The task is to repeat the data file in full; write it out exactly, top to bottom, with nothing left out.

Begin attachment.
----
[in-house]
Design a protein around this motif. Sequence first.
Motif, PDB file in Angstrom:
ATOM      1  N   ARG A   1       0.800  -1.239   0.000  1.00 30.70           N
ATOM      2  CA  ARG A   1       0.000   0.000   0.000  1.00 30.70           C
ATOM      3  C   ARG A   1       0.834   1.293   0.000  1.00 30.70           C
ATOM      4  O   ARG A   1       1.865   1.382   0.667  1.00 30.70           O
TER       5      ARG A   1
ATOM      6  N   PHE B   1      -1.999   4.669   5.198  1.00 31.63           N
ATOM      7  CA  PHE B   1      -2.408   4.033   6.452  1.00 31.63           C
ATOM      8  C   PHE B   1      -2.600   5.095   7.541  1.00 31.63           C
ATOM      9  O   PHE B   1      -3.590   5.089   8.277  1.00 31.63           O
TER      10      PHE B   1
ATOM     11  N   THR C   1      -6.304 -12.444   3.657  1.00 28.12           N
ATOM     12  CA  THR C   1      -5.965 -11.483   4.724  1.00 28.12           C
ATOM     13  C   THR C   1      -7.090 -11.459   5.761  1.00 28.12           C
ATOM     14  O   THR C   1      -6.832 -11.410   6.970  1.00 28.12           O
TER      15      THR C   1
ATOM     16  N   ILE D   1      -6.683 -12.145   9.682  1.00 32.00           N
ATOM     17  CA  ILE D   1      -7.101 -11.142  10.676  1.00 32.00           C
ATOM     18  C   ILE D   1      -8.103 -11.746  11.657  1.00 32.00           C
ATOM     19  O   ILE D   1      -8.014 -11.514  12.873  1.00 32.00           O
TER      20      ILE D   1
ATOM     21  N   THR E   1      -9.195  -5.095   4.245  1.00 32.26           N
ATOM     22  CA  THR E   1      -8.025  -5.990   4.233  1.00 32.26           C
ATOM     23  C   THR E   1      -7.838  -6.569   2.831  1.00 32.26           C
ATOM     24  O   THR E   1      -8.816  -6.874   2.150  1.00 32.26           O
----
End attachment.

[in-house]
Design a protein around this motif. Sequence first.
Motif, PDB file in Angstrom:
ATOM      1  N   ARG A   1       0.800  -1.239   0.000  1.00 30.70           N
ATOM      2  CA  ARG A   1       0.000   0.000   0.000  1.00 30.70           C
ATOM      3  C   ARG A   1       0.834   1.293   0.000  1.00 30.70           C
ATOM      4  O   ARG A   1       1.865   1.382   0.667  1.00 30.70           O
TER       5      ARG A   1
ATOM      6  N   PHE B   1      -1.999   4.669   5.198  1.00 31.63           N
ATOM      7  CA  PHE B   1      -2.408   4.033   6.452  1.00 31.63           C
ATOM      8  C   PHE B   1      -2.600   5.095   7.541  1.00 31.63           C
ATOM      9  O   PHE B   1      -3.590   5.089   8.277  1.00 31.63           O
TER      10      PHE B   1
ATOM     11  N   THR C   1      -6.304 -12.444   3.657  1.00 28.12           N
ATOM     12  CA  THR C   1      -5.965 -11.483   4.724  1.00 28.12           C
ATOM     13  C   THR C   1      -7.090 -11.459   5.761  1.00 28.12           C
ATOM     14  O   THR C   1      -6.832 -11.410   6.970  1.00 28.12           O
TER      15      THR C   1
ATOM     16  N   ILE D   1      -6.683 -12.145   9.682  1.00 32.00           N
ATOM     17  CA  ILE D   1      -7.101 -11.142  10.676  1.00 32.00           C
ATOM     18  C   ILE D   1      -8.103 -11.746  11.657  1.00 32.00           C
ATOM     19  O   ILE D   1      -8.014 -11.514  12.873  1.00 32.00           O
TER      20      ILE D   1
ATOM     21  N   THR E   1      -9.195  -5.095   4.245  1.00 32.26           N
ATOM     22  CA  THR E   1      -8.025  -5.990   4.233  1.00 32.26           C
ATOM     23  C   THR E   1      -7.838  -6.569   2.831  1.00 32.26           C
ATOM     24  O   THR E   1      -8.816  -6.874   2.150  1.00 32.26           O